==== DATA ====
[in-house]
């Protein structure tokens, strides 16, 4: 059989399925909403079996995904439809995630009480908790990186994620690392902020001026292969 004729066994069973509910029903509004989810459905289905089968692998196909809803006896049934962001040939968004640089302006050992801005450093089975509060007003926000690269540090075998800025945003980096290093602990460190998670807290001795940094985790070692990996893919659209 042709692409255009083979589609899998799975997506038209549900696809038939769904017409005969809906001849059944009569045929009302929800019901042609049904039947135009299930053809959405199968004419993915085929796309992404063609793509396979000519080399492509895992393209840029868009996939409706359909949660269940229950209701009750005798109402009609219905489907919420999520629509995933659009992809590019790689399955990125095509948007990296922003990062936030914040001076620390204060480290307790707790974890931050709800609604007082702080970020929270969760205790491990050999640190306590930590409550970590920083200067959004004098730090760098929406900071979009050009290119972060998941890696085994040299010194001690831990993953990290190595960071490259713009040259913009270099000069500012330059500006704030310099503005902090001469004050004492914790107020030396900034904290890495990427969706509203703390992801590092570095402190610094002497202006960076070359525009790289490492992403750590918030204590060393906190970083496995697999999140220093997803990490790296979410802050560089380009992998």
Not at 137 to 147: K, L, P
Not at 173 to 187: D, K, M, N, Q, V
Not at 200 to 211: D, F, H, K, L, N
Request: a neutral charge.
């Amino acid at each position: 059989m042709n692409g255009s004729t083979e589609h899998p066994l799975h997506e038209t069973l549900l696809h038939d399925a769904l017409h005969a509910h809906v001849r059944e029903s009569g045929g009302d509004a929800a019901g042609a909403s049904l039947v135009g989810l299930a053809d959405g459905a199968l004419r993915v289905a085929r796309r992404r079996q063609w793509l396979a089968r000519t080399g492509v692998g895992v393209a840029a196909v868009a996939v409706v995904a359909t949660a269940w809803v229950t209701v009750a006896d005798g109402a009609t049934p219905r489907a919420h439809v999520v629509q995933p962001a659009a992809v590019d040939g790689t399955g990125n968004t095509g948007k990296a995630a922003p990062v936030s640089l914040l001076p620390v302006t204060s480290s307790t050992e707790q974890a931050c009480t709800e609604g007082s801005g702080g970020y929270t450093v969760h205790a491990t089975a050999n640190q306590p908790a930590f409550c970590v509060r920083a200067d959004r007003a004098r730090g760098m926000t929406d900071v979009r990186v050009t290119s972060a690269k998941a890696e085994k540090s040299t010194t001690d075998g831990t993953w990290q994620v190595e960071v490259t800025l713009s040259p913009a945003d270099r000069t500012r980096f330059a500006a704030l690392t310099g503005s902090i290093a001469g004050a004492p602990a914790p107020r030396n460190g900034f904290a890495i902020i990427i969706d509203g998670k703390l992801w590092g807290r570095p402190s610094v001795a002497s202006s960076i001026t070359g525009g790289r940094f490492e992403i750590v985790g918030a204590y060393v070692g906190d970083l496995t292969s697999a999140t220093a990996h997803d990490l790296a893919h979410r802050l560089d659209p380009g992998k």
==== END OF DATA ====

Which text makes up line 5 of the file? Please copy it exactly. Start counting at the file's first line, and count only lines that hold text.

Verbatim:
Not at 200 to 211: D, F, H, K, L, N